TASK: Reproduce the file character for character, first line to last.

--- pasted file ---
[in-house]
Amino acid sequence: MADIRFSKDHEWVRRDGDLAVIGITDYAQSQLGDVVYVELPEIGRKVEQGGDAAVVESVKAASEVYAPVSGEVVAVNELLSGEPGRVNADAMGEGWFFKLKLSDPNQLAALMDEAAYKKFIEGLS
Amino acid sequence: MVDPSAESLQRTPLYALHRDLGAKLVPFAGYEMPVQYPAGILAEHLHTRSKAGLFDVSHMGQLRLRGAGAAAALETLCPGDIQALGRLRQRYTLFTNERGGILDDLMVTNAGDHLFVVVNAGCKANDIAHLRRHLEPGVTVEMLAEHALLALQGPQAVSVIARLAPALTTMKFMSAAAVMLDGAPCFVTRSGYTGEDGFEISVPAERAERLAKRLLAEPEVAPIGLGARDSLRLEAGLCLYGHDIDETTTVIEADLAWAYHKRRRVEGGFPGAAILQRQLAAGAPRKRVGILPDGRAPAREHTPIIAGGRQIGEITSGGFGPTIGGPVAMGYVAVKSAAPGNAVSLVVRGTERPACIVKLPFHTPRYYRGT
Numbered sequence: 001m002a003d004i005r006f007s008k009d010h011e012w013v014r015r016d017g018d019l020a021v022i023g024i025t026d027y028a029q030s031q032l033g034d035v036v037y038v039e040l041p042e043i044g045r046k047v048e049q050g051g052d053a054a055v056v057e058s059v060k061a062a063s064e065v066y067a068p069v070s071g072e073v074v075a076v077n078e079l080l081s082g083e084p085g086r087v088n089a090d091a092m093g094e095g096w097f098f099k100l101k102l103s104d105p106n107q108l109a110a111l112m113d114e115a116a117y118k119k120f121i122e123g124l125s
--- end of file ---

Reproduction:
[in-house]
Amino acid sequence: MADIRFSKDHEWVRRDGDLAVIGITDYAQSQLGDVVYVELPEIGRKVEQGGDAAVVESVKAASEVYAPVSGEVVAVNELLSGEPGRVNADAMGEGWFFKLKLSDPNQLAALMDEAAYKKFIEGLS
Amino acid sequence: MVDPSAESLQRTPLYALHRDLGAKLVPFAGYEMPVQYPAGILAEHLHTRSKAGLFDVSHMGQLRLRGAGAAAALETLCPGDIQALGRLRQRYTLFTNERGGILDDLMVTNAGDHLFVVVNAGCKANDIAHLRRHLEPGVTVEMLAEHALLALQGPQAVSVIARLAPALTTMKFMSAAAVMLDGAPCFVTRSGYTGEDGFEISVPAERAERLAKRLLAEPEVAPIGLGARDSLRLEAGLCLYGHDIDETTTVIEADLAWAYHKRRRVEGGFPGAAILQRQLAAGAPRKRVGILPDGRAPAREHTPIIAGGRQIGEITSGGFGPTIGGPVAMGYVAVKSAAPGNAVSLVVRGTERPACIVKLPFHTPRYYRGT
Numbered sequence: 001m002a003d004i005r006f007s008k009d010h011e012w013v014r015r016d017g018d019l020a021v022i023g024i025t026d027y028a029q030s031q032l033g034d035v036v037y038v039e040l041p042e043i044g045r046k047v048e049q050g051g052d053a054a055v056v057e058s059v060k061a062a063s064e065v066y067a068p069v070s071g072e073v074v075a076v077n078e079l080l081s082g083e084p085g086r087v088n089a090d091a092m093g094e095g096w097f098f099k100l101k102l103s104d105p106n107q108l109a110a111l112m113d114e115a116a117y118k119k120f121i122e123g124l125s